Though I’d lived there twice during the previous five years, I wasn’t prepared for the economic boom I found upon this latest arrival. Not only had rent increased sharply in all but the most destitute neighborhoods, landlords now routinely demanded first, last, and a hefty security deposit, which meant I was short by about fifty percent. Over the first week or so, I watched with mounting anxiety as food, gas, and lodging expenses reduced the meager half I did have to a severely deficient third. To make matters even more nerve-racking, I was relocating with my nine-year-old son, Ezra. More than my well-being was at stake.

A veteran of cold, solitary starts in strange cities, I knew our best hope wasn’t the classifieds, and certainly not an agency, but the serendipity of the streets—handmade for rent signs, crowded bulletin boards in laundromats and corner grocery stores, passersby on the sidewalk; I had to exploit every opportunity that might present itself, no matter how oblique or improbable. In Eastlake, at the edge of Lake Union between downtown Seattle and the University District, I spied a shabby but vacant one-story house on the corner of a block that was obviously undergoing transition—overgrown lots and foundation remnants where other houses once stood—and that had at least one permanent feature most right-minded people would find forbidding: an elevated section of Interstate 5 just across the street, attended by the incessant roar of cars and trucks. The house needed a new roof, a couple of coats of paint, and, judging by what Ezra and I could detect during a furtive inspection, major repair work inside, including replacing damaged plaster-and-lath walls with sheetrock. All of this, from my standpoint, meant that I might have found a solution to my dilemma.

The next step was locating the owner, a roundabout process that eventually required a trip to the tax assessor’s office. I called the person listed on the rolls and made an appointment. Then came the moment of truth, or, more precisely, untruth, when dire circumstance begot strategic deception. I’d never renovated so much as a closet, but that didn’t stop me from declaring confidently that I possessed both the skills and the willingness to restore the entire place to a presentable—and, therefore, rentable—state in exchange for being able to live there for free, with the length of stay to be determined as work progressed. To my immense relief, the pretense was well received. Indeed, the owner also seemed relieved, if a bit surprised, that he’d have seemingly trustworthy tenants; homeless people who camped beneath the freeway, he explained, had repeatedly broken into the house and used it for all manner of depravity. Telling myself that inspired charlatanry is superior to mundane trespassing—especially this instance of charlatanry, which would yield some actual good—I accepted the keys from my new landlord.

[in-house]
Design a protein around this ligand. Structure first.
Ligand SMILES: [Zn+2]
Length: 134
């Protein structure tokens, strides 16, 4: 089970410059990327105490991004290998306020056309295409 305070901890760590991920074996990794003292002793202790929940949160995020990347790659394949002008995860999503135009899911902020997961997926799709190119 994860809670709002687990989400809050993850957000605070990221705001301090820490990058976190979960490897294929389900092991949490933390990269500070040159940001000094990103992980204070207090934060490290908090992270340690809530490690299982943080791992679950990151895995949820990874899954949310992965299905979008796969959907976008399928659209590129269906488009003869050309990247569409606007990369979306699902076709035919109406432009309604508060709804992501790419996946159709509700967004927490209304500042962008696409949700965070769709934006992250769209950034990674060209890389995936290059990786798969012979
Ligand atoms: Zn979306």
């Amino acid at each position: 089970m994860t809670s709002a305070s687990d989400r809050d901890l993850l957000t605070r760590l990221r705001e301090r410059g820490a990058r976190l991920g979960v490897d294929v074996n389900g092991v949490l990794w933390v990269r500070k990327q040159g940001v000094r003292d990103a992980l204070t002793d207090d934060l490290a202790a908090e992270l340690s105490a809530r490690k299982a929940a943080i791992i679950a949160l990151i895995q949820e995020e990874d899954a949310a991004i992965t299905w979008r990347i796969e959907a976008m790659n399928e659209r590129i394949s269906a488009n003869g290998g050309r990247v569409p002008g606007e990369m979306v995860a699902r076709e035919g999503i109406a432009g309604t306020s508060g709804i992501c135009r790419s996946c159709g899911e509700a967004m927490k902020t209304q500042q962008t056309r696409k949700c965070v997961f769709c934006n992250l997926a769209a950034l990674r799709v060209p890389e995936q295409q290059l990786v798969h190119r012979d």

Photograph (detail) © Larry Towell/Magnum Photos
Checkpoint Nation·

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Laura Sandoval threaded her way through idling taxis and men selling bottles of water toward the entrance of the Cordova International Bridge, which links Ciudad Juárez, Mexico, to El Paso, Texas. Earlier that day, a bright Saturday in December 2012, Sandoval had crossed over to Juárez to console a friend whose wife had recently died. She had brought him a few items he had requested—eye drops, the chimichangas from Allsup’s he liked—and now that her care package had been delivered, she was in a hurry to get back to the Texas side, where she’d left her car. She had a …
Checkpoint on I-35 near Encinal, Texas (detail) © Gabriella Demczuk

Number of toilet seats at the EU Parliament building in Brussels that a TV station had tested for cocaine:


Happiness creates a signature smell in human sweat that can induce happiness in those who smell it.

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Happiness Is a Worn Gun


Illustration by Stan Fellows

Illustration by Stan Fellows

“Nowadays, most states let just about anybody who wants a concealed-handgun permit have one; in seventeen states, you don’t even have to be a resident. Nobody knows exactly how many Americans carry guns, because not all states release their numbers, and even if they did, not all permit holders carry all the time. But it’s safe to assume that as many as 6 million Americans are walking around with firearms under their clothes.”